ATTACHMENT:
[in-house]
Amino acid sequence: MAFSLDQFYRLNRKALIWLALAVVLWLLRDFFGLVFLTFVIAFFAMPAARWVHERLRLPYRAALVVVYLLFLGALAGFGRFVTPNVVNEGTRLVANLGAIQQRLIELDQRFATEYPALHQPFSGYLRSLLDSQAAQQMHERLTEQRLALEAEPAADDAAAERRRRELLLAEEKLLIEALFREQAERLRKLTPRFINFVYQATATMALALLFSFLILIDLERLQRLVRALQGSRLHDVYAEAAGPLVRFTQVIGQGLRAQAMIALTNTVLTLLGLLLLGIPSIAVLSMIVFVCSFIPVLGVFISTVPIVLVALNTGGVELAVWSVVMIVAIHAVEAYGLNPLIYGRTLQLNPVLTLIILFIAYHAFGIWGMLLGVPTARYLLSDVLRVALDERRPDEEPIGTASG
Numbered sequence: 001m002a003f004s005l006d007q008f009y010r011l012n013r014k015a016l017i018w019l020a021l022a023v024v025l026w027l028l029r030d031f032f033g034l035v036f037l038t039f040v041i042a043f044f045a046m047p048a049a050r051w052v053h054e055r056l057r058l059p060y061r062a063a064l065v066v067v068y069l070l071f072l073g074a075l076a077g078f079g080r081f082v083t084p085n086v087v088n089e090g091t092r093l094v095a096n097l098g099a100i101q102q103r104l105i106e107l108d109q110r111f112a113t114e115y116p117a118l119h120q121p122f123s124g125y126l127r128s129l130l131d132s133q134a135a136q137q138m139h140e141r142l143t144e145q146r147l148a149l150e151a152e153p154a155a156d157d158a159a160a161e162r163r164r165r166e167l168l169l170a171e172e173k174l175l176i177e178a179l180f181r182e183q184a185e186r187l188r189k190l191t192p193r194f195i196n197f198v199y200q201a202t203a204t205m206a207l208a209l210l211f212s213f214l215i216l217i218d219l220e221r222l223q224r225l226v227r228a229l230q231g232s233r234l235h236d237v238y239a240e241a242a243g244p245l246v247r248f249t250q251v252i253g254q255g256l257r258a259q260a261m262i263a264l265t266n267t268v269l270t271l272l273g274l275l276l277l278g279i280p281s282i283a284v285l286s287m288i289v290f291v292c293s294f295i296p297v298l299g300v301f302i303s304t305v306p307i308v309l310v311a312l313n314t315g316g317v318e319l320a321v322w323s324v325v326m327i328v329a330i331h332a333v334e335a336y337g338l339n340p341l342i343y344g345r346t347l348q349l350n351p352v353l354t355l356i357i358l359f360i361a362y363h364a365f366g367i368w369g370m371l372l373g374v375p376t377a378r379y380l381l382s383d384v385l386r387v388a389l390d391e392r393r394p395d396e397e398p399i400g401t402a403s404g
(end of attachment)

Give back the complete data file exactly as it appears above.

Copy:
[in-house]
Amino acid sequence: MAFSLDQFYRLNRKALIWLALAVVLWLLRDFFGLVFLTFVIAFFAMPAARWVHERLRLPYRAALVVVYLLFLGALAGFGRFVTPNVVNEGTRLVANLGAIQQRLIELDQRFATEYPALHQPFSGYLRSLLDSQAAQQMHERLTEQRLALEAEPAADDAAAERRRRELLLAEEKLLIEALFREQAERLRKLTPRFINFVYQATATMALALLFSFLILIDLERLQRLVRALQGSRLHDVYAEAAGPLVRFTQVIGQGLRAQAMIALTNTVLTLLGLLLLGIPSIAVLSMIVFVCSFIPVLGVFISTVPIVLVALNTGGVELAVWSVVMIVAIHAVEAYGLNPLIYGRTLQLNPVLTLIILFIAYHAFGIWGMLLGVPTARYLLSDVLRVALDERRPDEEPIGTASG
Numbered sequence: 001m002a003f004s005l006d007q008f009y010r011l012n013r014k015a016l017i018w019l020a021l022a023v024v025l026w027l028l029r030d031f032f033g034l035v036f037l038t039f040v041i042a043f044f045a046m047p048a049a050r051w052v053h054e055r056l057r058l059p060y061r062a063a064l065v066v067v068y069l070l071f072l073g074a075l076a077g078f079g080r081f082v083t084p085n086v087v088n089e090g091t092r093l094v095a096n097l098g099a100i101q102q103r104l105i106e107l108d109q110r111f112a113t114e115y116p117a118l119h120q121p122f123s124g125y126l127r128s129l130l131d132s133q134a135a136q137q138m139h140e141r142l143t144e145q146r147l148a149l150e151a152e153p154a155a156d157d158a159a160a161e162r163r164r165r166e167l168l169l170a171e172e173k174l175l176i177e178a179l180f181r182e183q184a185e186r187l188r189k190l191t192p193r194f195i196n197f198v199y200q201a202t203a204t205m206a207l208a209l210l211f212s213f214l215i216l217i218d219l220e221r222l223q224r225l226v227r228a229l230q231g232s233r234l235h236d237v238y239a240e241a242a243g244p245l246v247r248f249t250q251v252i253g254q255g256l257r258a259q260a261m262i263a264l265t266n267t268v269l270t271l272l273g274l275l276l277l278g279i280p281s282i283a284v285l286s287m288i289v290f291v292c293s294f295i296p297v298l299g300v301f302i303s304t305v306p307i308v309l310v311a312l313n314t315g316g317v318e319l320a321v322w323s324v325v326m327i328v329a330i331h332a333v334e335a336y337g338l339n340p341l342i343y344g345r346t347l348q349l350n351p352v353l354t355l356i357i358l359f360i361a362y363h364a365f366g367i368w369g370m371l372l373g374v375p376t377a378r379y380l381l382s383d384v385l386r387v388a389l390d391e392r393r394p395d396e397e398p399i400g401t402a403s404g